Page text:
Though air travel can be convenient, it requires sorting out a lot of logistics ahead of time, especially if you're bringing your pup with you on board. Going the extra mile with planning and preparation can make for a smooth trip on all fronts. One of the most proactive ways you can help prep your dog for a successful plane ride is to make sure they are fully accommodated (in advance) to their travel carrier and to slowly adjust their schedule (with feeding, walking, sleeping) a few days before departure to move it closer to the destination time zone. This will make the transition much less abrupt.

Finally, it's also advantageous to plan ahead with your lodging to stay at a dog-friendly hotel where pet-friendly accommodations abound and you and your pup can get comfortable quicker at your destination. Along these lines, you can check out the Roch Dog Hotel Directory here)!

Post-Arrival Regulation Tactics

Just as consistency is key while prepping for travel, your dog will benefit from maintaining a familiar routine (ex. bringing food and treats from home) while acclimating to a new time zone. Some other regulation tactics to consider that will likely help you get grounded in your destination as well include:

  1. Natural Light Exposure: Jet lag is, after all, a disruption in the light cycle that temporarily disorients the body, so prioritizing spending some time outdoors with your pet during daylight hours is a crucial first step. Natural light exposure is a powerful regulator of circadian rhythms and can significantly expedite the adjustment process for you and your dog.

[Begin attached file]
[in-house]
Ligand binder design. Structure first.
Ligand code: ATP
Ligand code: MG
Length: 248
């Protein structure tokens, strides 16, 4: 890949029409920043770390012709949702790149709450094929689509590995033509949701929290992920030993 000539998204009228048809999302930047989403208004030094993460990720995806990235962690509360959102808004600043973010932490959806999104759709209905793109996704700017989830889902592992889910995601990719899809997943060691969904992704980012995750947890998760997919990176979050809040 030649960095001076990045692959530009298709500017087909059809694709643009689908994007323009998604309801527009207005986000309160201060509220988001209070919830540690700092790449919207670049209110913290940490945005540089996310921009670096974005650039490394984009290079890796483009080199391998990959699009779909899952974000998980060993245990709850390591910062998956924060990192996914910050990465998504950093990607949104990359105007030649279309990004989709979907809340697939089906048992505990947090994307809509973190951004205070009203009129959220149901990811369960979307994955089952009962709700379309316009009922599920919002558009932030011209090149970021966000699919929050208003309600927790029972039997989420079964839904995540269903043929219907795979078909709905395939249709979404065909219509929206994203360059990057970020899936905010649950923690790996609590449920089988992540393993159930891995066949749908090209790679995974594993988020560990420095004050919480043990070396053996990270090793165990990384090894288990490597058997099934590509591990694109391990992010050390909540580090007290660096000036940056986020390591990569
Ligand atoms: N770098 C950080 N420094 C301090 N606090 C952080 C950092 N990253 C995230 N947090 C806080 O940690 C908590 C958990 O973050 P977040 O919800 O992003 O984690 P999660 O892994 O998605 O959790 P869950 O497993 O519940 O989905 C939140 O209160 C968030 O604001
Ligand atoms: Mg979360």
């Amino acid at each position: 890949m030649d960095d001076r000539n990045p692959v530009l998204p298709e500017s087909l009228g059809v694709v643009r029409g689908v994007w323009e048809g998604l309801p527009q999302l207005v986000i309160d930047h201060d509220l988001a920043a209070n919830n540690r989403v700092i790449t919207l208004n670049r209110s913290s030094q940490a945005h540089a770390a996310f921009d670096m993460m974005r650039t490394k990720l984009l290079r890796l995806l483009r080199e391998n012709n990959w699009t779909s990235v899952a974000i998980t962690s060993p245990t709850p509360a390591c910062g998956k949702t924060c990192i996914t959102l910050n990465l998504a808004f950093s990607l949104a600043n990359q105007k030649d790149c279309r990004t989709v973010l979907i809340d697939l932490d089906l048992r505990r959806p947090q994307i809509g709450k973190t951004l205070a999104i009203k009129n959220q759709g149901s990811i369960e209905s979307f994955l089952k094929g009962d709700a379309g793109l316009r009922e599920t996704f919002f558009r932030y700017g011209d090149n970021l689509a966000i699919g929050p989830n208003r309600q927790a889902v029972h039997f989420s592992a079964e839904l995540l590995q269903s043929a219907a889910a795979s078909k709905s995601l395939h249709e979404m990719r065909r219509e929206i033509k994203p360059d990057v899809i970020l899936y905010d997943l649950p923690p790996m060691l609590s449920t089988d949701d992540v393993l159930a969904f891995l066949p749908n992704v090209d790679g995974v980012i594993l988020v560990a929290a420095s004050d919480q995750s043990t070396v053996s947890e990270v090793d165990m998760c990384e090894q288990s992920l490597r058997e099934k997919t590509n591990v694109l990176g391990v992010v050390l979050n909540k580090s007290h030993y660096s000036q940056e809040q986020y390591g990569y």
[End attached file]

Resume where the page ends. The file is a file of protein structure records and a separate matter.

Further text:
2. Hydration: Dehydration during travel is an issue for dogs and humans alike. Make sure to monitor their fluid intake as you would your own on long-haul trips. Also, when traveling abroad, it's safest for you and your canine companion to rely on bottled water to avoid contracting water-borne illnesses like leptospirosis.
  3. Down Time: After a draining flight, rest and recovery are the name of the game. Though we humans can try to dodge jet lag with boatloads of caffeine, our dogs may require some extra time to lay low before taking on the travel itinerary. Monitor your dog's behavior in the first day or two, which is usually how long it takes to shake off the lethargy associated with jet lag.
  4. Comfort Items: A new and unfamiliar environment can be both exciting and overwhelming. Bringing comfort items from home like a favorite blanket or toy is a great way to make the travel experience, in its entirety, feel more assuring. Once again, every dog is different, and you know what brings your dog the most comfort and relaxation at the end of the day.

No doubt, traveling with your dog can be a delightful experience with the right preparation and mindset. By planning ahead, consulting with your veterinarian, and using proactive measures to manage jet lag, you can ensure a smoother, more enjoyable journey for both you and your pup. In the end, having a built-in best friend and traveling companion to share in your adventures abroad is incredibly rewarding and makes the travel experience far from lonely.

On that note, here's to happy, memorable, and safe travels! For some dog-friendly travel ideas and inspiration, check out our guides for city travel, tourist attractions, and shoreline destinations for summer.